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Frontera Mexico Norteamericana - Bajo Rio Bravo, Presa de Anzalduas, Presa Falcon (3a. Parte)

International Boundary and Water Commission

Silent | 1961

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    • About the video
    • The Anzalduas Dam ... The Anzalduas Dam
    • The Falcon Dam The Falcon Dam
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    This series of films, created by the International Boundary and Water Commission in 1961, documents the land and works in the border region between Mexico and the United States. Each film surveys a segment of the U.S.- Mexico Border, from the Big Bend of Texas to the Pacific Ocean, and focuses on dams, bridges, electric and sanitation plants, monuments, settlements, and general water usage in these regions. This reel covers the Lower Rio Grande River and features the Falcon and Anzalduas Dams. The main focus is on the inner-workings of both dams as workers perform maintenance on the exterior and take readings on instruments located both inside and outside the structures. A tour of the Falcon Dam's hydro-electric power generator provides a close look at the plant's giant equipment. At the Anzalduas Dam, a survey of the area shows the surrounding settlement and a school that exist on the river and reservoir.
    The International Boundary and Water Commission (IBWC) has its roots in the 1848 Treaty of Guadalupe Hidalgo and the Gadsen Treaty of 1853, both of which established (and re-established) the U.S.-Mexico border, and also established commissions to survey and map the new U.S.-Mexico border, designating landmarks to mark the border. As the rivers that created the borders changed their courses naturally, land changed jurisdiction, and the International Boundary Commission (IBC), the IBWC's predecessor, was established in 1889 to apply rules that resulted from the Rio Grande and Colorado Rivers' roles as the boundaries between the two countries. In 1906, the two countries signed their first water distribution treaty, the Convention of March 1, 1906, which designated portions of the rivers to each country. In 1933, the two countries began joint river projects to stabilize the Rio Grande, and in 1944, the countries formed the IBWC to enforce allocations of the river and began work on dams that would be operated and maintained by both countries. The IBWC has been integral in resolving boundary disputes for the two countries over the following decades and in constructing dams and reservoirs that stabilize the boundary rivers, keeping them on course to maintain consistent borders and benefits for the U.S. and Mexico.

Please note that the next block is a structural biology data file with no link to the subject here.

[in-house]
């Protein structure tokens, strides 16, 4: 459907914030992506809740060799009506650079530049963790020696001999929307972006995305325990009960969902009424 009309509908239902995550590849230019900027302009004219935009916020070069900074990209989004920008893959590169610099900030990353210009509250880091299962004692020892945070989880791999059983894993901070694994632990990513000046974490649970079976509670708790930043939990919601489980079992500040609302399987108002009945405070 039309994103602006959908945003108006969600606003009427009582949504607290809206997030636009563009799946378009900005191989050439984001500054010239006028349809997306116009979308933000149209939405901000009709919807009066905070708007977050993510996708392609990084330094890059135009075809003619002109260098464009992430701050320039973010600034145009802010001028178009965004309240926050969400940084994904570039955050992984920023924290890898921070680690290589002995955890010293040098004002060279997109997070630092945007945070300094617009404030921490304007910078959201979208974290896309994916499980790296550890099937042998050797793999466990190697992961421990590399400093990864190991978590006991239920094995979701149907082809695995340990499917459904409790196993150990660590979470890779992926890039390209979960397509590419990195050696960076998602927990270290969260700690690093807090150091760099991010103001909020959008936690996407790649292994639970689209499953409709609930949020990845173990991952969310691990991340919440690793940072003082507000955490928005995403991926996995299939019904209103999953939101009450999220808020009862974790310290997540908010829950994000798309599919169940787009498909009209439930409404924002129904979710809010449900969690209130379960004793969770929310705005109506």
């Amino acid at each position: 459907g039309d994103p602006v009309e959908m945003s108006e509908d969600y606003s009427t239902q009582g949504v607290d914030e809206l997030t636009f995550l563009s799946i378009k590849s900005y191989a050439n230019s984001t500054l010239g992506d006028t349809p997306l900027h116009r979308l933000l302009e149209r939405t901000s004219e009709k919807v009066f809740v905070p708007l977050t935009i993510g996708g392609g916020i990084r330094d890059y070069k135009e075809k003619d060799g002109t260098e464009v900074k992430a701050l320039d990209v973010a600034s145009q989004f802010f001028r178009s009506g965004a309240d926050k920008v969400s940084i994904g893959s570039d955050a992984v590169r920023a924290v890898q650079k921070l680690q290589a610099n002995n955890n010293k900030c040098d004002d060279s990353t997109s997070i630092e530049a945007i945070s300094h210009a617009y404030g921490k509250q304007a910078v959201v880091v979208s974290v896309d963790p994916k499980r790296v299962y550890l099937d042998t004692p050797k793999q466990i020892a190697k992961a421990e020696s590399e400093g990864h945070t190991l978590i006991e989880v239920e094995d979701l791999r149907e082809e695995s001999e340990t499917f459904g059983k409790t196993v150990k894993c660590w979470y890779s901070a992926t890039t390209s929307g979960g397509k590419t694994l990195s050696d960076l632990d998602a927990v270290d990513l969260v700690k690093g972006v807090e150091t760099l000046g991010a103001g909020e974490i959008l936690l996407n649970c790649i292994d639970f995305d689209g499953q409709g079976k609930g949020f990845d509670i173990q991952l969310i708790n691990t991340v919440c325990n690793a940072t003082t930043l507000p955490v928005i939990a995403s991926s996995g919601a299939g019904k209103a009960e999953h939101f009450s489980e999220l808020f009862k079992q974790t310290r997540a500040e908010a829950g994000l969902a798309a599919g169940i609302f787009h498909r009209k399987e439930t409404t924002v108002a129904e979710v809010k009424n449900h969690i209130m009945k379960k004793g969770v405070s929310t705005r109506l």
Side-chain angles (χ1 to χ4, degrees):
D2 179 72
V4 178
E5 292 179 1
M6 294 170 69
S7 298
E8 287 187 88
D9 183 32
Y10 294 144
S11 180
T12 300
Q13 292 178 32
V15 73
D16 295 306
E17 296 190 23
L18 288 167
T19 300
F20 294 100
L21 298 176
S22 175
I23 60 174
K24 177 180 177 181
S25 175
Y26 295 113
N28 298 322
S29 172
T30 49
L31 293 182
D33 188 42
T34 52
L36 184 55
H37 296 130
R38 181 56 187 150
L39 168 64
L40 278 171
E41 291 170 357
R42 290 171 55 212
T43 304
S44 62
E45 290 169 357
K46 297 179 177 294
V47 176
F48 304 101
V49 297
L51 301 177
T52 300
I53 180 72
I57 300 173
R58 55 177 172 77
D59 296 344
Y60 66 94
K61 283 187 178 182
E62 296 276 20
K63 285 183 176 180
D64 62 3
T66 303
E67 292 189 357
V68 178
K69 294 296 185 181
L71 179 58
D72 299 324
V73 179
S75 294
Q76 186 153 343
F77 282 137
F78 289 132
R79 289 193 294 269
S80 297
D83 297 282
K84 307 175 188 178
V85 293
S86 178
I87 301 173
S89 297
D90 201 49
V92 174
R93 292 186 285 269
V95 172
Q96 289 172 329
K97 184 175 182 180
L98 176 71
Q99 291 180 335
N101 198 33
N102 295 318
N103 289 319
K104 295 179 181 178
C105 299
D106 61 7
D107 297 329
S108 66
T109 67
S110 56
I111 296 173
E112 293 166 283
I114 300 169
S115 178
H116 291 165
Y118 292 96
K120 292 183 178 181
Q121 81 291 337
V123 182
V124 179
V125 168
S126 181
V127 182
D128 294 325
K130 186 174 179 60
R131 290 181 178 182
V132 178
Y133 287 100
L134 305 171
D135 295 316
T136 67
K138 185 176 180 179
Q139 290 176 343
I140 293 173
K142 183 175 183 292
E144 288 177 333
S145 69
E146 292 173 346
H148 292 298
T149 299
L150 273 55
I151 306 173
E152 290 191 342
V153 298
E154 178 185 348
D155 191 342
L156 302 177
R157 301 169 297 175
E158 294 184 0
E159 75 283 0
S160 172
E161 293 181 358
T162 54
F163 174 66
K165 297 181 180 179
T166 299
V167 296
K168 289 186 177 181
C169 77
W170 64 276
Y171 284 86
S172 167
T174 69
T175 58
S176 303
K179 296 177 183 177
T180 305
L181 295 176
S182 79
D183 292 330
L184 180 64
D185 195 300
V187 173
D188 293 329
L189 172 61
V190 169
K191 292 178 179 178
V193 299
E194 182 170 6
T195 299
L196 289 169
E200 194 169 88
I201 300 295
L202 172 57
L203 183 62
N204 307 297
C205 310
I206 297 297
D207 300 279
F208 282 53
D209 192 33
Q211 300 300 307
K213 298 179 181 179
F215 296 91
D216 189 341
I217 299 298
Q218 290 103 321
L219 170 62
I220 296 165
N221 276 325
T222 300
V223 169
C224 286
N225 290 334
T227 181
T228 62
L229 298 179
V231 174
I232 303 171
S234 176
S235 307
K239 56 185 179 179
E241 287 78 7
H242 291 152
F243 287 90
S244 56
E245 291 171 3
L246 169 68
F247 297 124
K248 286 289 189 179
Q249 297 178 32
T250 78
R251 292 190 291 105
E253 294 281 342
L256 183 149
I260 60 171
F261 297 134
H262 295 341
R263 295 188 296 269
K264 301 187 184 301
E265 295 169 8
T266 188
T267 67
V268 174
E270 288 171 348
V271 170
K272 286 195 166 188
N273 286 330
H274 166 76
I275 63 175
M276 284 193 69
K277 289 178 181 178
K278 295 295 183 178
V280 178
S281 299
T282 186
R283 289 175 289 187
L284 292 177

The Anzalduas Dam is an earthen emankmant dam on the Rio Grande River in Hidalgo County, Texas, approximately 11 miles upstream from Hidalgo, Texas and Reynosa, Tamaulipas, Mexico. It is a diversion dam used for flood diversion and irrigation purposes. The dam diverts U.S. floodwaters to its interior floodway and directs waters to Mexico's main irrigation canal. It is 71 feet tall, 5,454 feet long, and has a 16,400 acre feet capacity, although normal storage remains at about 13,900 acre feet. The Anzalduas Dam construction began in 1956 and was completed in 1960. It is operated and maintained by the IBWC.

    The Falcon Dam is an earthen embankment dam and reservoir on the Rio Grande River that finished construction in 1954. The Falcon Dam is situated in Starr County, Texas and Nueva Ciudad Guerrero, Tamaulipas, Mexico. It serves as an international boundary and crossing between Texas and Mexico. In addition to its role as an international boundary, the Falcon Dam also serves purposes of water conservation, irrigation, flood control, and recreation for both countries. The Falcon Dam also supplies water to hydroelectric power plants in both the U.S. and Mexico, creating energy for the turbine generators and supplying water for the penstocks from the reservoir. The dam is 150 feet high and 26,294 feet long. It was dedicated in October 1953 by President Dwight D. Eisenhower and Mexican President Adolfo Ruiz Cortines. It is a project of the IBWC.